Device and computer hardware theft

Research from the University of Pittsburgh found that about 1 in 10 laptops will be stolen, and 98 percent of those will never be recovered. A stolen laptop, if not password-protected, gives anyone who uses it full access to your information. 

This security threat is easy to avoid: Always keep your password-protected laptop with you or within sight.

Unauthorized network users

When you password-protect your Wi-Fi network, you block hackers from stealing your information. That’s because computer-savvy unauthorized network users can access any information, including credit card numbers and passwords, that you transmit via your Wi-Fi network. 

TipBottom line

Use a combination of strong passwords, multifactor authentication and endpoint security to help prevent security breaches.

Understanding cybersecurity insurance

Many small and midsize businesses now include insurance in their cybersecurity budget. There are many options, and most business owners choose either cyber liability insurance or data breach insurance. Note that these are different from general cyber insurance policies.

Here’s a quick guide to what each type of policy covers:

Coverage

Cyber liability insurance

Data breach insurance

General cyber insurance

Electronic data breach

Varies

Yes

Yes

Data theft or loss not from computers, like printed documents

No

Yes

Varies

Business interruption due to a cyber event

Varies

No

Yes

Cyber extortion, like ransomware

Varies

No

Yes

Cost of notifying affected parties

Yes

Yes

Varies

Reputation damage mitigation PR

Yes

Yes

Varies

Legal advice costs

Yes

Yes

Varies

Data recovery costs

Varies

Varies

Varies

Legal defense costs

Yes

No

Varies

Settlements or judgments 

Yes

No

Varies

Regulatory fines for noncompliance

Yes

No

Varies

Liabilities from network security breaches

Yes

No

Varies

To choose the policy that’s most suitable for your business, you need to run your own internal cyber insurance risk assessment. You’ll be able to reuse much of the information from the risk assessment you carried out prior to implementing your company procedures.

In your initial risk assessment, you already identified your key assets and major threats. Also keep these considerations in mind:

  • Electronic data theft: If your business is prone to electronic data theft or loss, a cyber liability insurance policy could provide the level of coverage you need.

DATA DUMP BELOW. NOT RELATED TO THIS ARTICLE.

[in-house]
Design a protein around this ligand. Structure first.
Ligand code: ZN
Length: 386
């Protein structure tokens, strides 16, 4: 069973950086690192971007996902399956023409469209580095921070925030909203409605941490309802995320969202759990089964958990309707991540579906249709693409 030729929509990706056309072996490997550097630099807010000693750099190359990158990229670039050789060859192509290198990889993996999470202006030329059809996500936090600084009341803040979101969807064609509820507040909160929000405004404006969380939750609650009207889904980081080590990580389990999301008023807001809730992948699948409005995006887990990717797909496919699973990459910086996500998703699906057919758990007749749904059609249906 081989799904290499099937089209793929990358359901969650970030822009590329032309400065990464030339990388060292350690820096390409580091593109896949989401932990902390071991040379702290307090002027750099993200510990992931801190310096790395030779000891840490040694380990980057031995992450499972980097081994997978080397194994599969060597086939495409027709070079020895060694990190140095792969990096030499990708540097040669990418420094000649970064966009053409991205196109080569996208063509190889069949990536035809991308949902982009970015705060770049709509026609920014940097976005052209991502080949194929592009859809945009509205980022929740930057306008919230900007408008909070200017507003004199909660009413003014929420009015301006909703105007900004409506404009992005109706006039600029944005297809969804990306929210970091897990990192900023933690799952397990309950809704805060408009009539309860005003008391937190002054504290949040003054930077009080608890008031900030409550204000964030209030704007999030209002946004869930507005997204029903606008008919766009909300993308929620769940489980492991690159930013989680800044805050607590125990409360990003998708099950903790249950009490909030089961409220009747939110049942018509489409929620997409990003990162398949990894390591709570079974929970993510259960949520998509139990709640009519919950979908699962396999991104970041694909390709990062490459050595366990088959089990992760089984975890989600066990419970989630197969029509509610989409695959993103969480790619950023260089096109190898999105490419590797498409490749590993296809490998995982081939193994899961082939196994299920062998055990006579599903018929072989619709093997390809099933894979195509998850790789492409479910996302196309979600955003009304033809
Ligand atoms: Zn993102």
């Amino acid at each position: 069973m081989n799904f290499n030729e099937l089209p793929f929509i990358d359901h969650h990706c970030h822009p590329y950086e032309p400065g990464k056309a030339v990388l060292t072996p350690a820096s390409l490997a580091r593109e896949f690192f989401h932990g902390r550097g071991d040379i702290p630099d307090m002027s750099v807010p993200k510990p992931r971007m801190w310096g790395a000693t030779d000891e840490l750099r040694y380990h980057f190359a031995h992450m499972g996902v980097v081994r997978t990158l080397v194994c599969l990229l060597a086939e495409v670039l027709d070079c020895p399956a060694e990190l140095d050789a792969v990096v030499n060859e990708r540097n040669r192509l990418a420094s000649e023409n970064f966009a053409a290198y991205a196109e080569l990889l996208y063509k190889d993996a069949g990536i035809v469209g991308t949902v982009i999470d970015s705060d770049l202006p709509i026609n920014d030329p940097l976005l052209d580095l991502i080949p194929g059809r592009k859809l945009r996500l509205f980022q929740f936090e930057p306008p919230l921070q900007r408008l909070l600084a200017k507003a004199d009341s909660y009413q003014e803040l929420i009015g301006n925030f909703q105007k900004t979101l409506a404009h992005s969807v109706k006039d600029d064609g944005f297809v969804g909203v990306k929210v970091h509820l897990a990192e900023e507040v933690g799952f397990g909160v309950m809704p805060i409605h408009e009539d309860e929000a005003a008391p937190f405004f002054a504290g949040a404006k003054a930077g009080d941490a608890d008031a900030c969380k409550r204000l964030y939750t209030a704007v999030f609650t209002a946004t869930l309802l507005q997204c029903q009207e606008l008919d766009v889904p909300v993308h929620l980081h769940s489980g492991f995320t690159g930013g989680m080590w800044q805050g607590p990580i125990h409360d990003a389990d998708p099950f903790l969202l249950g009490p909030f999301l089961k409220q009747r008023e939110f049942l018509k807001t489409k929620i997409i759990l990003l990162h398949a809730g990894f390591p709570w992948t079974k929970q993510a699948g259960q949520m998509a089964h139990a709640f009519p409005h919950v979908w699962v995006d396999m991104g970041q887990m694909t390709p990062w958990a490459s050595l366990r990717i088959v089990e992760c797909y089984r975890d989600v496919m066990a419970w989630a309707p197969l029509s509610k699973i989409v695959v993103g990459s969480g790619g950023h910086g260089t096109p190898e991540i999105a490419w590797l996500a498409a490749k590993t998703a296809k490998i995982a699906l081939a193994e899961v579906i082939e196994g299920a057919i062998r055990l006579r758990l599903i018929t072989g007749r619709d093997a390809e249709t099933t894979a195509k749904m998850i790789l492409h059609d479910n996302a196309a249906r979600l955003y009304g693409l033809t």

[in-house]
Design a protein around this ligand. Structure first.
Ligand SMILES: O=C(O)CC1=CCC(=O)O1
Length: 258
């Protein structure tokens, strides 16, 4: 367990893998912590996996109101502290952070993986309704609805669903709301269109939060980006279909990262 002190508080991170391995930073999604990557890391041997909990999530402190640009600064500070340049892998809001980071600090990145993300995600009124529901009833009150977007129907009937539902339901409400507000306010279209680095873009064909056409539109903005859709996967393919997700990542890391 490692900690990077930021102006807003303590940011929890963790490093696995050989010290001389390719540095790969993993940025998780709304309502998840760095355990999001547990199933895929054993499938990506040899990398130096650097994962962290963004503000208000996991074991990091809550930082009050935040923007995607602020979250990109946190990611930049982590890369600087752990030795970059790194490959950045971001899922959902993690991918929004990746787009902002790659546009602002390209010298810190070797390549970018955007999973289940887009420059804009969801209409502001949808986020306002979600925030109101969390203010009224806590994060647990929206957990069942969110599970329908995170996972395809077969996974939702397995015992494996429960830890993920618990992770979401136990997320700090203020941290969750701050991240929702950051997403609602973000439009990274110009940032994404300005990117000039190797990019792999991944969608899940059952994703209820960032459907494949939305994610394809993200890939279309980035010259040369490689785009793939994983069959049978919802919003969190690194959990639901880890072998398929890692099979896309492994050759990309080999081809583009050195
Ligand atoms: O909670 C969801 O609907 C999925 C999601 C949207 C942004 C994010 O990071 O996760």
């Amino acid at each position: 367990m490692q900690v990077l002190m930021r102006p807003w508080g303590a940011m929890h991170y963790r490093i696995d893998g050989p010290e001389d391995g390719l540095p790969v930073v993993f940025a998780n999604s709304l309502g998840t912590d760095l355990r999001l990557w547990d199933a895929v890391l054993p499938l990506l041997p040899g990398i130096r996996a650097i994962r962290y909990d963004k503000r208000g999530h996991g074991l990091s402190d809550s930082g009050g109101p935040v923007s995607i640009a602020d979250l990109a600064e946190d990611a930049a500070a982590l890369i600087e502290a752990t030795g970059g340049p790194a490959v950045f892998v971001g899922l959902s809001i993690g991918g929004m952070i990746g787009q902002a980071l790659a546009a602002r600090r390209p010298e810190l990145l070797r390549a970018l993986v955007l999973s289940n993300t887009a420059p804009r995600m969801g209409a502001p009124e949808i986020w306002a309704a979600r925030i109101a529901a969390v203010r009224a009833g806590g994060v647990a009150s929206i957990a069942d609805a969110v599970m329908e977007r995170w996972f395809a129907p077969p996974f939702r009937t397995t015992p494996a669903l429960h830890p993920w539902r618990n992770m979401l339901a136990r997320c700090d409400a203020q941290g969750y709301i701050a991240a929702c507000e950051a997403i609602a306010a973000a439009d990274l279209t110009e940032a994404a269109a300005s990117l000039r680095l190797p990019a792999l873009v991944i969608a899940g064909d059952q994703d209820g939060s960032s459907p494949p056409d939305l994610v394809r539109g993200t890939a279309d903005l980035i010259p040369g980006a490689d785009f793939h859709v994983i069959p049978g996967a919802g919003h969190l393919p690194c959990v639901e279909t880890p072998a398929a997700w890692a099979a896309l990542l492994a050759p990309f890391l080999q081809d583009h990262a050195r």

• Nonelectronic sources: If you print documents or store data on other nonelectronic sources, data breach insurance is likely the best option.
  • Regulations: If you handle a lot of third-party data or are in a heavily regulated industry, cyber liability insurance might be the most suitable choice.
  • Cost versus protection: If you’re looking for broad protection, a general cybersecurity policy should be fine. Make sure it protects you against as many scenarios as possible, and note that many of the cheapest options provide very little protection.
  • Reliance on online solutions: If the vast majority of your business is conducted online and you rely on software to run your company, look for insurance with high levels of business interruption and cyber extortion coverage.

Giving your business maximum protection

Preventable security issues have brought down many small businesses. Although you can’t eliminate the possibility of data breaches or fraud, with the right security practices, you can reduce their likelihood and minimize the damage if one does occur.

Max Freedman contributed to this article. 

Mark Fairlie
Mark Fairlie
Senior Analyst & Expert on Business Ownership
Mark Fairlie has written extensively on business finance, business development, M&A, accounting, tax, cybersecurity, sales and marketing, SEO, investments, and more for clients across the world for the past five years. Prior to that, Mark owned one of the largest independent managed B2B email and telephone outsourcing companies in the UK prior to selling up in 2015.